International ‘Rule of Law’ and Constitutional Justice in International Investment Law and Arbitration
Indiana Journal of International Law, 2009, 16, 513-534
PETERSMANN, Ernst-Ulrich, International ‘Rule of Law’ and Constitutional Justice in International Investment Law and Arbitration, Indiana Journal of International Law, 2009, 16, 513-534 - https://hdl.handle.net/1814/12364
Retrieved from Cadmus, EUI Research Repository
Judicial administration of justice through reasoned interpretation, application and clarification of legal principles and rules is among the oldest paradigms of constitutional justice. The principles of procedural justice underlying investor-state arbitration remain controversial, especially if confidentiality and party autonomy governing commercial arbitration risk neglecting adversely affected third parties and public interests. There are also concerns that rule-following and formal equality of foreign investors and home states may not ensure substantive justice in the settlement of investment disputes unless arbitrators and courts take more seriously their customary law obligation of settling disputes in conformity with human rights obligations of governments and other principles of justice calling for judicial balancing of all private and public interests affected by the dispute. The constitutional task of judges to apply the law and settle disputes in conformity with principles of justice may require reviewing whether judicial reasoning remains compatible with redistributive principles of case-specific equity, social justice and corrective justice.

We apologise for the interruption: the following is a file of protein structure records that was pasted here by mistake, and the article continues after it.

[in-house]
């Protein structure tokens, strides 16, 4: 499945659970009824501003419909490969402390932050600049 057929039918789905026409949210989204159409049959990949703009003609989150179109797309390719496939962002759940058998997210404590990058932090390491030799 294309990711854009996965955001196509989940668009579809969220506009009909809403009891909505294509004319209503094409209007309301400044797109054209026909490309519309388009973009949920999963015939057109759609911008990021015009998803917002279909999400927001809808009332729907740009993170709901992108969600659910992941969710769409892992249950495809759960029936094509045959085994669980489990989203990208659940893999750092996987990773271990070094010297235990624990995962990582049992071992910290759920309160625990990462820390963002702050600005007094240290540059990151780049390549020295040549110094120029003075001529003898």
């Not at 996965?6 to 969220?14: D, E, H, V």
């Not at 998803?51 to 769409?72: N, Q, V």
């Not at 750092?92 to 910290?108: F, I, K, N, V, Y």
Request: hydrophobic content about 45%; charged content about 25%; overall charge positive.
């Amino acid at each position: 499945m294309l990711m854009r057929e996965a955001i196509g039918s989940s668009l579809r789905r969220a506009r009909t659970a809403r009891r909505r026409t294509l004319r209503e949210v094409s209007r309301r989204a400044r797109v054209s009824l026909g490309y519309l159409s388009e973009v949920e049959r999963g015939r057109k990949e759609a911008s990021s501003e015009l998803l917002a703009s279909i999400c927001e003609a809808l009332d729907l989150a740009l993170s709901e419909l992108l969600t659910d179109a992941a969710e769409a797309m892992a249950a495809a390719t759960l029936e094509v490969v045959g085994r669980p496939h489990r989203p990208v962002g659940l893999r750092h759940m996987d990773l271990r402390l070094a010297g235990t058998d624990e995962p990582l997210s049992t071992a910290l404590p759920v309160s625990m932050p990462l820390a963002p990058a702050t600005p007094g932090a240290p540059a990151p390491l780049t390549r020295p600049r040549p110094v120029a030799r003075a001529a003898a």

Cadmus permanent link: https://hdl.handle.net/1814/12364
ISSN: 1543-0367; 1080-0727
Files associated with this item
There are no files associated with this item.